Occupy Wall Street at Zucotti Park took all of Wall Street’s victims and put them on public display, only a few blocks from the New York City Stock Exchange. It took the group of people most devastated by the “Great Recession,” people who were scammed into high interest, high risk mortgages by the casino on Wall Street, to the group of people who were most devastated by Bush’s crusade in the Middle East, homeless veterans of the Iraq war. But it did more. It gave them the opportunity to empower one another, to begin the process of building a community. It allowed the chronically homeless contact with people who had more social skills, who, perhaps, could teach them to pull themselves up off the streets. It brought the gay teenager who was kicked out of his home in the Bible Belt together with the middle aged liberal activist from the Upper West Side of Manhattan. It brought the 22 year old, recent college graduate, too poor to move out from his parents house in the bad economy face to face with the laid off worker in his 40s and 50s. It dissolved the rigid social categories that separate us and allowed us to speak to one another as humans. It was, in short, the fulfillment of the words of Walt Whitman, that great New York poet who trod the ground around what is now Zucotti Park many times. “STRANGER! If you, passing, meet me, and desire to speak to me, why should you not speak to me? And why should I not speak to you?”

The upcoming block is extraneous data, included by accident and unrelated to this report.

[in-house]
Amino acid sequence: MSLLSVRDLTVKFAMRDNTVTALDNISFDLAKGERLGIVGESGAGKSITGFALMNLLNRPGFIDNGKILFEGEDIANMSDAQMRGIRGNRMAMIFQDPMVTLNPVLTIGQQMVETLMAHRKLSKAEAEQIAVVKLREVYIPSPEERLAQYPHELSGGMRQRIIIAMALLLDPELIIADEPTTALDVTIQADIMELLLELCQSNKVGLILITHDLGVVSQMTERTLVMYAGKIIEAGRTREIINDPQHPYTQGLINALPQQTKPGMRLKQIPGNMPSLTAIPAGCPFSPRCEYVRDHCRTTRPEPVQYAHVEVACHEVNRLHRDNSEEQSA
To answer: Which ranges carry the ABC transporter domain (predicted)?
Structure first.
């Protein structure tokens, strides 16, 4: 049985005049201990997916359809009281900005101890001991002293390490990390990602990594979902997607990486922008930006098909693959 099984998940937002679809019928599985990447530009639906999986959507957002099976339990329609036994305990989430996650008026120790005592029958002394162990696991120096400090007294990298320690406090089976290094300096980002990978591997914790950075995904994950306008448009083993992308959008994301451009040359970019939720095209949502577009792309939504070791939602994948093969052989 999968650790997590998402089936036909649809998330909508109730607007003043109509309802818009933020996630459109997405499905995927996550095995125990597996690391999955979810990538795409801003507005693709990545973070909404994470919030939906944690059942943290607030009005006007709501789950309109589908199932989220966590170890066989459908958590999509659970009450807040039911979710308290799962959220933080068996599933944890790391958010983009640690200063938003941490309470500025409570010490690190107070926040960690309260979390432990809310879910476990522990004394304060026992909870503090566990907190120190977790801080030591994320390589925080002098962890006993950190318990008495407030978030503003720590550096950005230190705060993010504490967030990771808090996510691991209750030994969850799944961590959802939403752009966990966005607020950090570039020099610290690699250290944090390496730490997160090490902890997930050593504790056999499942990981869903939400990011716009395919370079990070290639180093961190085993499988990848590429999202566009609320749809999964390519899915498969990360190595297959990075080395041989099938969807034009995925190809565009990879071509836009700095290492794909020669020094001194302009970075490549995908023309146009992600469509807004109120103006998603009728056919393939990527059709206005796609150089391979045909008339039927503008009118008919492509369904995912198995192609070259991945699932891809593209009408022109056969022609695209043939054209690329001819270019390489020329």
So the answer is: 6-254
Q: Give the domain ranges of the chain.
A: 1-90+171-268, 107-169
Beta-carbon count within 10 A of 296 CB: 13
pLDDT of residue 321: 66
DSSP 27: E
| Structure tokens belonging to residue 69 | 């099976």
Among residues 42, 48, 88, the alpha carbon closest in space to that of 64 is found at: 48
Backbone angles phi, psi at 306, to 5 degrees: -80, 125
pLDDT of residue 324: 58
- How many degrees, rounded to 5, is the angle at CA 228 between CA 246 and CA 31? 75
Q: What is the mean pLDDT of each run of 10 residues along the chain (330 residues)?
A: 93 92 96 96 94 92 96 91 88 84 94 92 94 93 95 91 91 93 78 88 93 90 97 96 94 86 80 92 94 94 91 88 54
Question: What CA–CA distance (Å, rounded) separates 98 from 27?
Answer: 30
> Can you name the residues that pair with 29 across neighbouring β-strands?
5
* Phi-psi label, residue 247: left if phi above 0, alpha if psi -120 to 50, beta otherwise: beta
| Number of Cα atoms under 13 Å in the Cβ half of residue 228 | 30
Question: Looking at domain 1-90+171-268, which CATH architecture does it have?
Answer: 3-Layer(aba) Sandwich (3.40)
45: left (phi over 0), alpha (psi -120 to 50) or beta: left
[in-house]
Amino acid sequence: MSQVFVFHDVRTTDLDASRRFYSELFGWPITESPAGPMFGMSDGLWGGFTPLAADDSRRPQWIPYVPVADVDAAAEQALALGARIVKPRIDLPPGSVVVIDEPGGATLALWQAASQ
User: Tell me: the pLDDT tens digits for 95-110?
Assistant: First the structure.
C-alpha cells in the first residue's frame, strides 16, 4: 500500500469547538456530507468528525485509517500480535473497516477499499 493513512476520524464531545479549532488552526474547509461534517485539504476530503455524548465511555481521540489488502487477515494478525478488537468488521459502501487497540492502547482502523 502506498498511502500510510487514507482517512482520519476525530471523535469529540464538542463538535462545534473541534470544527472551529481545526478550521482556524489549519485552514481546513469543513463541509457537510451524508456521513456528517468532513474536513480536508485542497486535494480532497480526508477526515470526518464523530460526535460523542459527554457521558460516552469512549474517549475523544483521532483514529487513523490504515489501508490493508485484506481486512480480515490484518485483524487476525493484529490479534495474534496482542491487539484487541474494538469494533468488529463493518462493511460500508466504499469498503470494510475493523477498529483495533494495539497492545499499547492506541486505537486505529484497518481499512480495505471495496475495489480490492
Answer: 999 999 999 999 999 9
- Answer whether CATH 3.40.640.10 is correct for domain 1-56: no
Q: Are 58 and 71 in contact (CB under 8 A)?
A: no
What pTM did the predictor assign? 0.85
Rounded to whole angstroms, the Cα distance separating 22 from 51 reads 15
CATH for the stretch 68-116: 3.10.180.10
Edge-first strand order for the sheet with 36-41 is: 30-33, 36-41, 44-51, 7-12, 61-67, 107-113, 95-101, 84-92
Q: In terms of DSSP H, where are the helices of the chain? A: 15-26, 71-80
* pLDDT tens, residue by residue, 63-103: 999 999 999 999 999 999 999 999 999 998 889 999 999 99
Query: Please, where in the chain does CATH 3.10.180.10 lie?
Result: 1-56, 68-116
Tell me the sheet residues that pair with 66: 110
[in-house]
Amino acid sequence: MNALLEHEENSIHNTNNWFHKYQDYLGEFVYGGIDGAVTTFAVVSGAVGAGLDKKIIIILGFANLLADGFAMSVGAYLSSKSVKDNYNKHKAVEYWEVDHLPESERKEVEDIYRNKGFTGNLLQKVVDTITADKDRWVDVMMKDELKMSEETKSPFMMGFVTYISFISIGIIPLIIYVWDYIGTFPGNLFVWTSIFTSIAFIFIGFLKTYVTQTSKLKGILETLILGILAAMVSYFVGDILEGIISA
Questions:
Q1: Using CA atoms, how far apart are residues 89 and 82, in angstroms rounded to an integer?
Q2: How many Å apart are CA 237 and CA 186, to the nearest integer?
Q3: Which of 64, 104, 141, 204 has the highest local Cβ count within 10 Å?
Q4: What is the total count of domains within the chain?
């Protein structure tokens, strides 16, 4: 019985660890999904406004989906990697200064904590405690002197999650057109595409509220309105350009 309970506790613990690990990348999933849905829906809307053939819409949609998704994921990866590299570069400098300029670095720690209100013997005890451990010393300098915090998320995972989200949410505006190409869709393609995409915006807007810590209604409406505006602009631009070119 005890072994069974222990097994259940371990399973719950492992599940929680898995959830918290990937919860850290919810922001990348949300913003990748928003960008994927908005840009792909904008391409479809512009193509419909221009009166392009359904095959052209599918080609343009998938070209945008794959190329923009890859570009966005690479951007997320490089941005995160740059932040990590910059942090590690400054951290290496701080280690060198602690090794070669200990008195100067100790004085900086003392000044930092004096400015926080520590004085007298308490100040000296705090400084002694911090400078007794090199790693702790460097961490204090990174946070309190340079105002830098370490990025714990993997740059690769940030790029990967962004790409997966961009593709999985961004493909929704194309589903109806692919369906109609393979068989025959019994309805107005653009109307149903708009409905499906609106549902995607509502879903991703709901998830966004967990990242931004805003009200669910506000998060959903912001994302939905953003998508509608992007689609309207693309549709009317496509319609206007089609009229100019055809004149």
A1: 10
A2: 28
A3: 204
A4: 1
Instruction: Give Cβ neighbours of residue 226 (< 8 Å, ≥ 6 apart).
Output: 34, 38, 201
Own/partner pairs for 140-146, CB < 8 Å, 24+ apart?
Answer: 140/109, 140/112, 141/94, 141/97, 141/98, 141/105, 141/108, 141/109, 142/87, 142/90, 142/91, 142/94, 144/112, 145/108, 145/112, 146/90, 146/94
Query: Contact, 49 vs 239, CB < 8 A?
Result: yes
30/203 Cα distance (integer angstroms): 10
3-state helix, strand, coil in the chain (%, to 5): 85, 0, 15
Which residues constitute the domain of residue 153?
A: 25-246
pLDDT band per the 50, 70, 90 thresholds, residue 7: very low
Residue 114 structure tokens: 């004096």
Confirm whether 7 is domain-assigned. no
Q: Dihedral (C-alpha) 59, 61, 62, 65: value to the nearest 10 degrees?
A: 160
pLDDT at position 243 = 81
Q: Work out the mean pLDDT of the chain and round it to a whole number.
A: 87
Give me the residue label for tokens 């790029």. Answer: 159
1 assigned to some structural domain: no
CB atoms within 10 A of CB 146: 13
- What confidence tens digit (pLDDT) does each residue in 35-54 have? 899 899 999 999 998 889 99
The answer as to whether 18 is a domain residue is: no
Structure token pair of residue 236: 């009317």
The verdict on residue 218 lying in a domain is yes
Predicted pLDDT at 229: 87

The homeless who had found shelter in Zucotti Park may have crawled back into the shadows. But their numbers are only bound to increase as the economy continues to implode. There will still be recent college graduates unable to find work, however many times you shriek “get a job” at them. People are still being foreclosed out of their homes. Military vets are still going to be returning, in ever greater numbers, to an official unemployment rate of 9% and a genuine unemployment rate closer to 20%. People in their 40s will still be kept out of the job market by baby boomers and pushed out of the job market by people in their 20s. People in their 30s will now think twice about putting their hard earned money into a 401k just so it can be converted into gambling chips for the “1%” in the great casino on Wall Street, a casino we now know depends on hired muscle for its very existence. People in their 60s and 70s will still need that social security trust fund the “1%” are eyeing hungrily.

Far from being a model for the emerging democracies of the Middle East, the people who rule the United States have revealed them to be democracy’s bitter enemy. One Ray Kachel may not have the power to threaten Michael Bloomberg or Ray Kelly, but the hundreds of thousands of Ray Kachels all over America now know of one another’s existence. Look at that photo in the New Yorker, you people in the “1%,” look at that pale little man you kicked out of his home in Zucotti Park, that lonely little soul you drove away from his newly found companions. That man is your grave digger. He will destroy you.

Stanley Rogouski: The Untouchables of Zuccotti Park